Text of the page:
Nancy S. Caplan, Esquire

Nancy S. Caplan, Esquire
Bend Don't Break- Mediate!


Thursday, December 9, 2010

Child Custody and Mediation in Maryland

Why begin with mediation when you have a child custody dispute in Maryland?

Reason #1- Because a child custody dispute in court is like a gun fight in the wild west. Bullets are flying, and a lot of people will be caught in the crossfire, including your child or children, and your children's parents (in other words, the parties themselves).

Reason #2- Because in Maryland, child custody disputes are ordered to mediation! Be ahead of the curve, begin your child custody negotiations in mediation.

Reason #3- In child custody mediation the tone of the discussions are geared towards settlement and threats and fear tactics are discouraged and who needs to pile on more fear in a child custody dispute?

Reason #4- Who are the experts in your child? The Judge? The Lawyers? You?

Reason #5- Because your relationship with your co-parent will continue no matter the manner in which your child custody dispute is handled; Ugly handling of the dispute = ugly co-parenting relationship.

Reason #6- In child custody mediation, creative solutions, finely tailored to the parties and the child/children are readily crafted; litigated child custody disputes are decided in black and white terms.

Reason #7- Couples who handle their child custody disputes in mediation, usually return to mediation for future dispute and vice versa- start your child custody disputes in litigation and you may be litigating over the child/children for life- KER-CHING!

Reason #8- KER-CHING!!! Child custody battles cost the big bucks! Just call a child custody lawyer and ask how much of a retainer he or she will charge for a child custody case. Then ask the lawyer to give you a range of the total fees and costs for a litigated child custody battle.

Reason #9- What kind of example do you set for your child/children by handling a dispute with a battle vs. handling a dispute with calm, considered negotiations in a non-hostile manner?

Reason#10- In child custody litigation nobody wins. The only way to win, is not to play. Choose child custody mediation to resolve your Maryland child custody disputes.

Monday, December 6, 2010

How Do You Choose A Maryland Divorce Mediator?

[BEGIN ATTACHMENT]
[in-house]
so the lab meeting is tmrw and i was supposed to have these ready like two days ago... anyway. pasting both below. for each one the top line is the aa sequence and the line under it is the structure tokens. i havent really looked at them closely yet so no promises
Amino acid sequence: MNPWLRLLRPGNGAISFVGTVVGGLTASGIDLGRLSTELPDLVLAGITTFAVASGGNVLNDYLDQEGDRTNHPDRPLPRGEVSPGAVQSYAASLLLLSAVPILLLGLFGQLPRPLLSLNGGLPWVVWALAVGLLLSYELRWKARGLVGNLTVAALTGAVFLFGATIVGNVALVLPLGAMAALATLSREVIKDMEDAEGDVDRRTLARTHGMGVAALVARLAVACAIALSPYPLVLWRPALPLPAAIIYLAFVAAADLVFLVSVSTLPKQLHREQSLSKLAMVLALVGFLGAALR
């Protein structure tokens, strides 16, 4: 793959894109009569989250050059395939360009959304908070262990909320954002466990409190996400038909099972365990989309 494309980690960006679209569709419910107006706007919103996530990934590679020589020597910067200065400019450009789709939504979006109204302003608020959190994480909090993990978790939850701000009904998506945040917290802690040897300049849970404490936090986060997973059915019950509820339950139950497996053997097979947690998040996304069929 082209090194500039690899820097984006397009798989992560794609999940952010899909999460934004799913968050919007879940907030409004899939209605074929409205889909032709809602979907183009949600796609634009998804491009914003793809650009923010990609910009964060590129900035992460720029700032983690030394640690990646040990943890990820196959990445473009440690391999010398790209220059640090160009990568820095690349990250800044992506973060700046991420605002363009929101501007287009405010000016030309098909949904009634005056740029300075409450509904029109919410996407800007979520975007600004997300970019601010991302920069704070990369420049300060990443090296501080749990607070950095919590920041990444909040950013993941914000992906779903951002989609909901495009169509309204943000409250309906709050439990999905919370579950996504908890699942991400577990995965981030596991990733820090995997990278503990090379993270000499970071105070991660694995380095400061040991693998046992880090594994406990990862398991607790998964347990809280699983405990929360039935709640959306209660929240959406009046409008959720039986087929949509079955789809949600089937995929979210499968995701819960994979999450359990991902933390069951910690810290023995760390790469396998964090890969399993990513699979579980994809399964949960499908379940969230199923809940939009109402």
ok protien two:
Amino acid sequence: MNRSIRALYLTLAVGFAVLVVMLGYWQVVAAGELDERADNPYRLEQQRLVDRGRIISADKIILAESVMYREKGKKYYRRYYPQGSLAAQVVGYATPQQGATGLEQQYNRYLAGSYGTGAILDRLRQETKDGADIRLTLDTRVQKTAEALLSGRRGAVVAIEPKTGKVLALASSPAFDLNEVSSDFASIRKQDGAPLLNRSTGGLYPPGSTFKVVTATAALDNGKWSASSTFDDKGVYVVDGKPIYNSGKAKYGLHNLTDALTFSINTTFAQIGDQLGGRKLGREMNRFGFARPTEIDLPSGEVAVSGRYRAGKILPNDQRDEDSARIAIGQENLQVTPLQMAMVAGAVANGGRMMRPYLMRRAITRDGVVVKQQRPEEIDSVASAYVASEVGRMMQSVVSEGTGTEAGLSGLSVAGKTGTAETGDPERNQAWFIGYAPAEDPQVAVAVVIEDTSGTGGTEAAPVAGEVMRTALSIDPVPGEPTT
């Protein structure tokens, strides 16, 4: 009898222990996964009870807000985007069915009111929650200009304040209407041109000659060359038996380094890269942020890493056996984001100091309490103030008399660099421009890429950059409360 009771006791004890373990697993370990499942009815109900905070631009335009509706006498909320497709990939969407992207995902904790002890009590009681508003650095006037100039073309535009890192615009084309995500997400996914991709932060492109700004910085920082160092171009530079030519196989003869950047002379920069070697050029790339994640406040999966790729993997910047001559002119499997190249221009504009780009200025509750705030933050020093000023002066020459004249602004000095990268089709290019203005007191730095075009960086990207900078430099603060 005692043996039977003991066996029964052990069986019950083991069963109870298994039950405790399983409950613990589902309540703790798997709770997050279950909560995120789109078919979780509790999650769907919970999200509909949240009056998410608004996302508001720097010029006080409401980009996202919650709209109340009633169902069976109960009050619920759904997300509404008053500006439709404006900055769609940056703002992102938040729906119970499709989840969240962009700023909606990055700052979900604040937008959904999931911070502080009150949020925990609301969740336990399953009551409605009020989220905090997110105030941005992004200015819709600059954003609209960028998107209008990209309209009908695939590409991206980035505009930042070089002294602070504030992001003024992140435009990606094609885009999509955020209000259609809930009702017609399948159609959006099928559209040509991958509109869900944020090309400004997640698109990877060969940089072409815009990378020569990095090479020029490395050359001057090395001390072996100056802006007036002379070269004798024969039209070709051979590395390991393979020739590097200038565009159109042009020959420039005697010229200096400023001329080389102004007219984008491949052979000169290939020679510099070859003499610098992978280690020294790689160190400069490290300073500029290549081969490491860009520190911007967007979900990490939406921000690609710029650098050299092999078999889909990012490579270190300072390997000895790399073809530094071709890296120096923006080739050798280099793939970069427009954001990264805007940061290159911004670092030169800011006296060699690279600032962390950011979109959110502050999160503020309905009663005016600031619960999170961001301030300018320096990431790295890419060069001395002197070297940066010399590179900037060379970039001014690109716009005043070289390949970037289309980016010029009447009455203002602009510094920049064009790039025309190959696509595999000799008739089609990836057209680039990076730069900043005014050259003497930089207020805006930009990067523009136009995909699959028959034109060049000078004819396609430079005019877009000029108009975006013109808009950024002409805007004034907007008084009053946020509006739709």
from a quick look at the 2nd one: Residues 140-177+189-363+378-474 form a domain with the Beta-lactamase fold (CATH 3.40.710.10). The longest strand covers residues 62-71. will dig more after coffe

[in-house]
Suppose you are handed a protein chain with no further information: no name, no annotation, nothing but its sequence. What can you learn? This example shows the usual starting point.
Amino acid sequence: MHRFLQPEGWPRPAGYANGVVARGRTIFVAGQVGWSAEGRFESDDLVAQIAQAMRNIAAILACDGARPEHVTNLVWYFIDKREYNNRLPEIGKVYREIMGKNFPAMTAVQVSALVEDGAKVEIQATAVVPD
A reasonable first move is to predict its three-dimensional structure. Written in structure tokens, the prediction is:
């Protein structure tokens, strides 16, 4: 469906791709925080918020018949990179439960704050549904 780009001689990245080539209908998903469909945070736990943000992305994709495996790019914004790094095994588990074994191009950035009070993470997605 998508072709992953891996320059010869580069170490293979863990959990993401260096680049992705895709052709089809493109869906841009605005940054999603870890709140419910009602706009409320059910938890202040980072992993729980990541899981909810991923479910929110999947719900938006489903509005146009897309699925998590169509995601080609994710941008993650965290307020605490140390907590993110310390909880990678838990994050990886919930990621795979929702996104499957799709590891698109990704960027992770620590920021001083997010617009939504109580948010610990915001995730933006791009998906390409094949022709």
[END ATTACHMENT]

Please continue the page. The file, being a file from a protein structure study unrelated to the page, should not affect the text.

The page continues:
When searching for a separation or divorce mediator in Maryland thoroughly explore the goals of the mediation. Are you looking for a Maryland divorce mediator to assist to negotiate a child custody arrangement to reach a parenting agreement? Are you looking for a Maryland divorce mediator to negotiate a complex financial settlement involving business valuations or a complicated tax analysis? Are you looking for a Maryland divorce mediator to settle support and property issues in a same-sex partnership? Are you looking for a Maryland Divorce Mediator to help you settle routine child custody issues, division of non-complex financial and property issues and to help you agree on alimony?

There are many kinds of separation, divorce and family mediators. Typically qualifications range from attorney-mediators, to psychologists, social workers, and finance experts. What the mediator is qualified to do should be the first line of inquiry.

Attorney-Mediators are authorized to draft formal agreements. However if they do so, the parties must have an attorney review prior to signing the agreement (at least in my practice, other practitioners may have differing opinions, but to me the ethical standards currently in effect mandate this requirement). This process blends negotiating efficiency with protection of legal rights. It remains a fraction of the cost of cumbersome attorney-led negotiations, which are too often fraught with threats of litigation escalating conflict rather than reducing conflict. So long as the divorce mediator is a competent draftsperson, this option is probably the most economically efficient where the financial issues are less complex.